1. This is an appeal filed by the State against the judgment of a learned Magistrate, 1st Class, Dhuri, acquitting Sat Ram Dass under Section 9 of the Opium Act.
2. The story of the prosecution is that on 17-4-1957 at about 6.10 . m. the accused respondent was found in possession of 20 seers of poppy-heads near the way leading to village Kakarwal from railway line Dhuri. He was caught by the investigating officer and two witnesses Jagar Singh and Niranjan Singh, when the poppy-heads were said to have been tied in a cloth which was being carried by the accused in the form of a bundle placed on his head. A constable was sent to Dhuri town to fetch someone who could weigh the substance recovered Bhagat Ram P. W. 2 came and found the weight of the commodity recovered to be 20 seers; it included both broken and unbroken poppy-heads.
It is then alleged that about three months later this very bundle which had been sealed at the time of recovery was again opened and poppy husk and poppy-heads found in it, were separately weighed. The learned Magistrate after going through the entire evidence felt that the prosecution case was doubtful and had not been proved against the accused. The substance recovered consisted of bhukki or poppy husk and poppy heads. The learned Magistrate found that possession of poppy husk was not an offence under the law as possession of poppy capsules alone falls within the definition of opium which is punishable under the Opium Act, and that also only if it exceeds in quantity the limit prescribed by law.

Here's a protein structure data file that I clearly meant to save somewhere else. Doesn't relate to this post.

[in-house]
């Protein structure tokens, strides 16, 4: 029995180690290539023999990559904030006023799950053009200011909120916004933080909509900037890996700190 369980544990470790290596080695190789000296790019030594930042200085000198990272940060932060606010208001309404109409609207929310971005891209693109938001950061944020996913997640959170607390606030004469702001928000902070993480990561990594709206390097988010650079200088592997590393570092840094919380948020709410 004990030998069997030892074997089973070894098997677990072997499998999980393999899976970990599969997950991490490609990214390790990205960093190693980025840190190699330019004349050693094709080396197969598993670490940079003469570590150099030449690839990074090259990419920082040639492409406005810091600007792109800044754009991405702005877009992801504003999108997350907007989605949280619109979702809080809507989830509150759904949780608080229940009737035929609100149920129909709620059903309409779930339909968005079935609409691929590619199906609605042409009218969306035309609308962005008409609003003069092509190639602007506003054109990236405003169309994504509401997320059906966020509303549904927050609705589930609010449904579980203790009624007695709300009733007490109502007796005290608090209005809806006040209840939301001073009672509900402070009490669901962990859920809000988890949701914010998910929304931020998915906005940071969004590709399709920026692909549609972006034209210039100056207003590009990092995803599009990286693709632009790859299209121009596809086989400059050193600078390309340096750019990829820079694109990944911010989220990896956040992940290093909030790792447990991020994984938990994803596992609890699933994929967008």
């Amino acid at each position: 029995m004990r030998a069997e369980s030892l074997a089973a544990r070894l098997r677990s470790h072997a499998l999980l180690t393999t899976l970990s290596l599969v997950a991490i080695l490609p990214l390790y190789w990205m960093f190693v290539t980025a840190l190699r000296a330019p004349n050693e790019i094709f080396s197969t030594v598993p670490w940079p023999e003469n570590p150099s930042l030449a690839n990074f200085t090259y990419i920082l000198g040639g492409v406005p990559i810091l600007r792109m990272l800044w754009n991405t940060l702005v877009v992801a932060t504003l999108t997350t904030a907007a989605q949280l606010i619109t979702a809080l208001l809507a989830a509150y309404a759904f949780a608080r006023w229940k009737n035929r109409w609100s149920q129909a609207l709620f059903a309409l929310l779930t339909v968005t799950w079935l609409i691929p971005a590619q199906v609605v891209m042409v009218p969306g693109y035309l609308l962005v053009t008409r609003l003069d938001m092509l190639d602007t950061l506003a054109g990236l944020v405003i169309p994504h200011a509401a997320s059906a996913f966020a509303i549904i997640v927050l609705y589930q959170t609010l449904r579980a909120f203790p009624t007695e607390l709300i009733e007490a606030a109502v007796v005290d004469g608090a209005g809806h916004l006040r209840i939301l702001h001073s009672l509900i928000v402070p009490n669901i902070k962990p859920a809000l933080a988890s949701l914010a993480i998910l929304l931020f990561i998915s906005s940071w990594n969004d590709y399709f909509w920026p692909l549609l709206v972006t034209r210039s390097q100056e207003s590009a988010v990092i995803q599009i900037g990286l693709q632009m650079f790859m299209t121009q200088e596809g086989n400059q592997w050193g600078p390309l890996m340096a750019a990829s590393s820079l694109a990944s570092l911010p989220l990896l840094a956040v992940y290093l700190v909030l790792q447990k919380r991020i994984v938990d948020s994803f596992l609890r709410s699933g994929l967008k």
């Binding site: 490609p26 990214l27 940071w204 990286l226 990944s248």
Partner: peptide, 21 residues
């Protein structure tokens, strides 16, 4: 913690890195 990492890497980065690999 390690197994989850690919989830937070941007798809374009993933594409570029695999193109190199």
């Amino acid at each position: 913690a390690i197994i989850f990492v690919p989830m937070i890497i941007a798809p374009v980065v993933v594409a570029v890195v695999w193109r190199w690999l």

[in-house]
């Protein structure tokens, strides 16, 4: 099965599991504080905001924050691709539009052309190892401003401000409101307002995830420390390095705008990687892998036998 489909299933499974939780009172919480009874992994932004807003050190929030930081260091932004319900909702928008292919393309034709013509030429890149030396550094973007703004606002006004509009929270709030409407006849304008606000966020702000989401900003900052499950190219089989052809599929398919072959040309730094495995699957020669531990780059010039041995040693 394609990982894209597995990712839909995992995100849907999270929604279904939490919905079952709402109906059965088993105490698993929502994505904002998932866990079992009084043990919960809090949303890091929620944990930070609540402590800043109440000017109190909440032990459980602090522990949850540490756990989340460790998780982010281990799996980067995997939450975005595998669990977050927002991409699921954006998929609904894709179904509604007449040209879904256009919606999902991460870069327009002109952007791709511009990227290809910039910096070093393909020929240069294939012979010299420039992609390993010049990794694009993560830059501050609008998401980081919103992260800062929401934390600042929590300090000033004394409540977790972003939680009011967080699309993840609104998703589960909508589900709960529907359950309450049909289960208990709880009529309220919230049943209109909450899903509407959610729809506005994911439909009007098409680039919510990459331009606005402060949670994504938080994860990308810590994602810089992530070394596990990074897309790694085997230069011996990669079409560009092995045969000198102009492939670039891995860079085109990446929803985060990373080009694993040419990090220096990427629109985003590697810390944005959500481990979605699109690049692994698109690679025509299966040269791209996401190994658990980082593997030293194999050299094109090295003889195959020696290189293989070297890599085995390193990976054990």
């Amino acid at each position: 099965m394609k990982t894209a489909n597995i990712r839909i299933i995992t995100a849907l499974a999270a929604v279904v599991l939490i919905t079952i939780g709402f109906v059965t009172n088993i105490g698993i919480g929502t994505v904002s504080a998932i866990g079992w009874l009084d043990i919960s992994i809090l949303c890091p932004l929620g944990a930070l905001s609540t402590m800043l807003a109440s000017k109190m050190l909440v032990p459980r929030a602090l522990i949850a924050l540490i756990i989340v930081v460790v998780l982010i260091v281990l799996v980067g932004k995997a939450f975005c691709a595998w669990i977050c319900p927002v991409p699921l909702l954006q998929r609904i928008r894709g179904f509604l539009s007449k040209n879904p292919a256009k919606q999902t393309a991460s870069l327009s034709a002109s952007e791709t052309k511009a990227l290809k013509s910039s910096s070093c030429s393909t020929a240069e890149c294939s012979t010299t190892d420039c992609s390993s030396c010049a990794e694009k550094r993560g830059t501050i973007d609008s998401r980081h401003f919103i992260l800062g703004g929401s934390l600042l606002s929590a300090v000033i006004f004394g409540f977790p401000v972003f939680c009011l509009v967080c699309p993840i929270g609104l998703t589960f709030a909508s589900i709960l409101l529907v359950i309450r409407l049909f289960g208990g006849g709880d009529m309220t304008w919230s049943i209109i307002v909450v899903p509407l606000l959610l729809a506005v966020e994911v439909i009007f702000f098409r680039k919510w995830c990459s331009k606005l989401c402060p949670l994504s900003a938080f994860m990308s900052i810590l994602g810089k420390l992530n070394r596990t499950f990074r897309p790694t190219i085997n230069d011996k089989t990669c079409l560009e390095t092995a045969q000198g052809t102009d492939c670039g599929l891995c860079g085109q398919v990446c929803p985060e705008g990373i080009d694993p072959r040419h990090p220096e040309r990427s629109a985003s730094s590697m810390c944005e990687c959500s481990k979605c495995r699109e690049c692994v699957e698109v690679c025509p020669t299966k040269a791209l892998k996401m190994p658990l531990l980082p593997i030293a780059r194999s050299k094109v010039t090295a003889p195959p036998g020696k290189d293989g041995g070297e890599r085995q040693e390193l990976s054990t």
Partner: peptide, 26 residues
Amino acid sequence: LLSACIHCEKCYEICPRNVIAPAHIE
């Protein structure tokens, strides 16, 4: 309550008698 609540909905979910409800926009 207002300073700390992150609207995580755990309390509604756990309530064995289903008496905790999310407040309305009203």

The learned Magistrate also disagreed with the contention of the prosecution that dodas were thesame thing as poppy capsules, but assuming that dodas were the same thing as poppy capsules, he was of the view that poppy capsules are also of two kinds, one from which the juice has been extracted and the other from which it has not been extracted, and each kind of poppy-heads has a different limit of quantity prescribed under the law, exceeding which the possession is declared illegal. In the present case, according to the trial Court, there is absolutely no evidence as to how much quantity of poppy-heads consisted of those from which juice had been extracted and how much from which it had not been extracted.
The weight of the entire quantity of poppy-heads was merely given as 20 seers. The evidence on the record, as the learned Magistrate has observed, merely establishes that some bhukki and dodas were recovered from the accused and out of the latter some were broken and some unbroken. With these findings the Court below came to the conclusion that the substance recovered from the accused did not under the law fall within the definition of the word 'opium' and therefore there was no violation of Section 9 of the Opium Act. The trial Court was also doubtful if the accused person could be present at the place from where he was alleged to have been arrested, because he was shown, in the register produced by the Station Master, to be on duty.